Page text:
#1 way to spark your sexual desire

Here's how to reignite your passion and have more fun in the bedroom (and beyond!)

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Want to reignite your desire and banish humdrum routine from the bedroom? It all starts with your mind.

“As we age, our hormone production goes down, so desire wanes,” says Patti Britton, Ph.D., a board-certified clinical sexologist and sex coach. “Fantasy is arousal fuel — it’s really important to lean on fantasies to build desire.”

Besides increasing your desire to have sex, a robust fantasy life can help keep your sexual anatomy in peak condition. “Using fantasy to turn yourself on is crucial,” says Dr. Britton. “If you’re not exploring your own body, you’re going to go through atrophy.” The muscles shrink and sex can become physically painful. “That is not what makes for good sex,” she adds.

Does your age affect your sexual fantasies?

Not really! According to most sex experts (forthwith, we will call them “sexperts!”), your age doesn’t influence the content of your sexual fantasies. A 65-year-old man is just as likely to fantasize about having sex with two Sports Illustrated swimsuit models as is a teenage boy.

“One half of my clients are over the age of 50, and my anecdotal observations suggest that their sexual fantasies are just as varied and intense as those of younger clients,” says Jessica O’Reilly, Ph.D., Astroglide’s Resident Sexologist and author of The New Sex Bible and The Little Book of Kink.

“I don’t think fantasies change with age,” says Betito, who wrote The Sex Bible For People Over 50: The Complete Guide To Sexual Love For Mature Couples. “As people get older, it might get more difficult to fantasize because they have more to worry about, but you have to allow your mind to go there.” If you have trouble letting go and following your sexual imagination, you’re not alone. “Women often have a harder time—men are better at compartmentalizing,” she adds, while also noting an essential paradox: Older couples are typically more interested in expanding their sexual repertoire.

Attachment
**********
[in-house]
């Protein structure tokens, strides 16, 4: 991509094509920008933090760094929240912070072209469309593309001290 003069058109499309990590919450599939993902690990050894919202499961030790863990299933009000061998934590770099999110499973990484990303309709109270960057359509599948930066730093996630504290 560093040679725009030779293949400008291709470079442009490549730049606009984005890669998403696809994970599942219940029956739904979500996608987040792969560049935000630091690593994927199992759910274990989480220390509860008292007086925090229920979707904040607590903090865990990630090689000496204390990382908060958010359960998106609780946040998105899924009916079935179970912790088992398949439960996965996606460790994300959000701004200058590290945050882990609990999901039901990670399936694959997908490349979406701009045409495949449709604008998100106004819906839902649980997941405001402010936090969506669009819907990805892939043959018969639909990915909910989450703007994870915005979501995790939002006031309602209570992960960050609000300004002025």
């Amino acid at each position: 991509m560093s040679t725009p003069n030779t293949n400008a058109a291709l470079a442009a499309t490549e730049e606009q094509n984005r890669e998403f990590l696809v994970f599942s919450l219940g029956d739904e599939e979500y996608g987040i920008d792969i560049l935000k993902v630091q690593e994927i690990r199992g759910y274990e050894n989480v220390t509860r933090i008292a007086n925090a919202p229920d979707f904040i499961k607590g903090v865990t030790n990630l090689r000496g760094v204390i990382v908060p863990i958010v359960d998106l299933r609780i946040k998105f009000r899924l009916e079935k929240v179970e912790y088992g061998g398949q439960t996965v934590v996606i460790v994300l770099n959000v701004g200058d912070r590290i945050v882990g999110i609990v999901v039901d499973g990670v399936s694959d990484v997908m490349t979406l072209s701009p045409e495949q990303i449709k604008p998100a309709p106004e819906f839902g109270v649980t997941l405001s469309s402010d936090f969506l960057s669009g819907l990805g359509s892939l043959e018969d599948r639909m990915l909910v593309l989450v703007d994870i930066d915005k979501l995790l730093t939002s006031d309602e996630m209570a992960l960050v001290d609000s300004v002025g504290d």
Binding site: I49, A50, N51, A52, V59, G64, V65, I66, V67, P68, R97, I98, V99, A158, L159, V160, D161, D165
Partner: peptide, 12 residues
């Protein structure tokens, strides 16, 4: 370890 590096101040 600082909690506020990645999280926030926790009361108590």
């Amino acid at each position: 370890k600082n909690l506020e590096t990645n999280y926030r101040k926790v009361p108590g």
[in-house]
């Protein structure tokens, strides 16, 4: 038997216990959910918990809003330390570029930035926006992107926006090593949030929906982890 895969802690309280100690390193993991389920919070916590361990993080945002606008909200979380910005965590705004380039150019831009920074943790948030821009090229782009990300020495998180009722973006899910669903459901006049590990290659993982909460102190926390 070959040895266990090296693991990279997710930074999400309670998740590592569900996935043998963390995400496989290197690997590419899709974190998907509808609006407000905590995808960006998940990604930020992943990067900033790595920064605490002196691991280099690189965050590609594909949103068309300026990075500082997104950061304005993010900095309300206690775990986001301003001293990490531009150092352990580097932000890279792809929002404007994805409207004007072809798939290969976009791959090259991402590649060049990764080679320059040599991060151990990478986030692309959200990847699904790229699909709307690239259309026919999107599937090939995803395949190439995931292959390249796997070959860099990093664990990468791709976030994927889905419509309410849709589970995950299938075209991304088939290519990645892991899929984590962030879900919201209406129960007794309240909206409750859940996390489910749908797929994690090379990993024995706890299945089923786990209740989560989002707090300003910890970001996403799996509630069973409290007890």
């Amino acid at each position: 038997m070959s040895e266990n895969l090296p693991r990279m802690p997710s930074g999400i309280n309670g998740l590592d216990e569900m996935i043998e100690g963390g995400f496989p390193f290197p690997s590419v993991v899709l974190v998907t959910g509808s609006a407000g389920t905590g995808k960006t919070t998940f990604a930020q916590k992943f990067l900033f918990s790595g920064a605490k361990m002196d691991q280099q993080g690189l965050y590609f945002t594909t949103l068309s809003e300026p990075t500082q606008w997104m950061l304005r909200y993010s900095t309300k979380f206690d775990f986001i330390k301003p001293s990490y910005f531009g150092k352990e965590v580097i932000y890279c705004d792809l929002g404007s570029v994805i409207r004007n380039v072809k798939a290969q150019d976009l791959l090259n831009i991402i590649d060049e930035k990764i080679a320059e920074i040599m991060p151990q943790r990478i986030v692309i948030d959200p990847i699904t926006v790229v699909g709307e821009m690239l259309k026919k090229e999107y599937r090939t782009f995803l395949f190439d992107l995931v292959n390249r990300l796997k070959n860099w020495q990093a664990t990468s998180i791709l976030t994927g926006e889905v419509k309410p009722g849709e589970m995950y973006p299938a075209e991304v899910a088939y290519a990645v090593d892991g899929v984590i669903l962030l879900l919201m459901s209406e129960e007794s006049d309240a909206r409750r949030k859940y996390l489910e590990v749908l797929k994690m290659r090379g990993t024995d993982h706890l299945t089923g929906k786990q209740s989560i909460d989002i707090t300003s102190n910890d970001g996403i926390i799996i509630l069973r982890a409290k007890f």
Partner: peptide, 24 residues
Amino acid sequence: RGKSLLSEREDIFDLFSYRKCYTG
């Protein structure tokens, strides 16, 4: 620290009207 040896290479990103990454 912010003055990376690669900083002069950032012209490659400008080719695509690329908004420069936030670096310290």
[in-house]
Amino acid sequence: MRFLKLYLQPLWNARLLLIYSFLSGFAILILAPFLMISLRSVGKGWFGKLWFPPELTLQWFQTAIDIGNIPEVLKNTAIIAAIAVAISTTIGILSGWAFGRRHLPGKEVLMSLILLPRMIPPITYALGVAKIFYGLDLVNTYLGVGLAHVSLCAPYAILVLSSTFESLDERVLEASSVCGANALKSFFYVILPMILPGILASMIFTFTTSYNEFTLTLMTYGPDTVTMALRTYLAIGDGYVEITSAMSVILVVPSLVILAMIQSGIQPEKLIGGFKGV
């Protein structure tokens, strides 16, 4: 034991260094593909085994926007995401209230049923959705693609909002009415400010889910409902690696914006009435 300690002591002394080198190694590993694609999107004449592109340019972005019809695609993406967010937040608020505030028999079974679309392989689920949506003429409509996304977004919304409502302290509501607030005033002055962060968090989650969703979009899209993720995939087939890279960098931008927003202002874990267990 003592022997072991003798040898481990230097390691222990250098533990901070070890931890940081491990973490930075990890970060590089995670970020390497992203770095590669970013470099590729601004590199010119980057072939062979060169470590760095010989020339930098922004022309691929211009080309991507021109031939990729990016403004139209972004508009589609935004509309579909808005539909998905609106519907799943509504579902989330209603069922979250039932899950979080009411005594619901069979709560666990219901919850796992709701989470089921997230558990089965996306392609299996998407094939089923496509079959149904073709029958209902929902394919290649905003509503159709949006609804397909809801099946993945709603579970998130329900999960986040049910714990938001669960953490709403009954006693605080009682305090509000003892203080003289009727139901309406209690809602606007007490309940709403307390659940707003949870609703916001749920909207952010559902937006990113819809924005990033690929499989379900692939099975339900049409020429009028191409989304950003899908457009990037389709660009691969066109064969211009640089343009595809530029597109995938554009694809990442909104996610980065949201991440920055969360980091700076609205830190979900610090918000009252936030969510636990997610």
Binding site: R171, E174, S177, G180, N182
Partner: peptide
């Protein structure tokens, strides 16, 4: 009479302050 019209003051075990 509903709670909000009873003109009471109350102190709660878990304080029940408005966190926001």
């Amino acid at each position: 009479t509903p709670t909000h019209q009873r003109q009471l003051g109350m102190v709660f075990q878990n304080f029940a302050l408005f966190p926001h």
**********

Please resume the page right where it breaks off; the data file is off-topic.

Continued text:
6 most common sexual fantasies

So now, the burning question: What are the most common sexual fantasies? A study from the 2015 issue of the Journal of Sexual Medicine revealed these fantasies topped the list in a survey of 1,500 adults:

  • Feeling romantic emotions during sex
  • Receiving oral sex
  • Having sex in an unusual place
  • Having sex in a romantic location
  • Having sex with someone you know who is not your partner
  • Being masturbated by your partner

Study authors also noted that significant numbers of both men and women reported submissive fantasies, such as being sexually dominated (64% of women, 53% of men), tied up (52% of women, 56% of men), spanked or whipped (36% of women, 29% of men), or forced to have sex (29% of women, 31% of men). For anyone wondering if it’s a chicken-or-the-egg scenario with regard to submissive fantasies and Fifty Shades of Grey, the sexperts agree: Fifty Shades started a sexual revolution among the 50-plus population.

“After Fifty Shades of Grey came out, I spoke to my mom’s friends who are in their 70s and 80s, and in them it sparked more sex,” says Dr. Betito, who touts the virtues of erotic literature and film for a more satisfying sex life. “Women who had never heard of BDSM [Bondage Dominance Submission Sadomasochism] were getting turned on by it. It doesn’t mean they want to act it out, it just sparked their desire.”

Never fantasized? Here’s how to start

Are you a fantasy novice? No problem! Romance or erotic novels are an easy way to get started—especially for women, since their sexual desire is so intimately tied to what they’re thinking. “I get [my clients] to think of it as a story,” says Dr. Betito. “Finding ideas through erotic novels is easier than coming up with the story yourself. Or watch female-oriented porn that has a story line. Transport yourself into fantasy land!”

Plus, you may be fantasizing already without realizing it. “So many of my clients simply fantasize about being with someone who expresses their desire in words,” says Dr. O’Reilly. “They want to hear ‘I want you, I need you, I missed you, I want to be next to you, I love you, I crave you.’ Oftentimes, they don’t count these desires as fantasies, as they’re not particularly explicit.”

Acting out your fantasies isn’t required

Your sexual fantasies may be loving and fairly tame or totally out there — either way, your imagination doesn’t have to dictate what you do in the bedroom and beyond. “Many people will say, ‘I have same sex fantasies—does that mean I’m gay?'” says Dr. Betito. The answer is no. No fantasy is going to tell you who or what you like. Women get aroused by all kinds of sexual imagery—it doesn’t matter if it’s same sex, opposite sex, or even animals having sex,” as is evidenced by the work of researcher Meredith Chiver and others.

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And if you feel skittish about turning fantasy into reality, it might free your mind to know that many experts wouldn’t necessarily recommend it. “Once you engage a fantasy, it can lose it’s power,” says Dr. Britton. “Having a fantasy can open the gate for full-blown participation,” but on the other hand, just talking about it with your partner may be enough of a catalyst for better sex.

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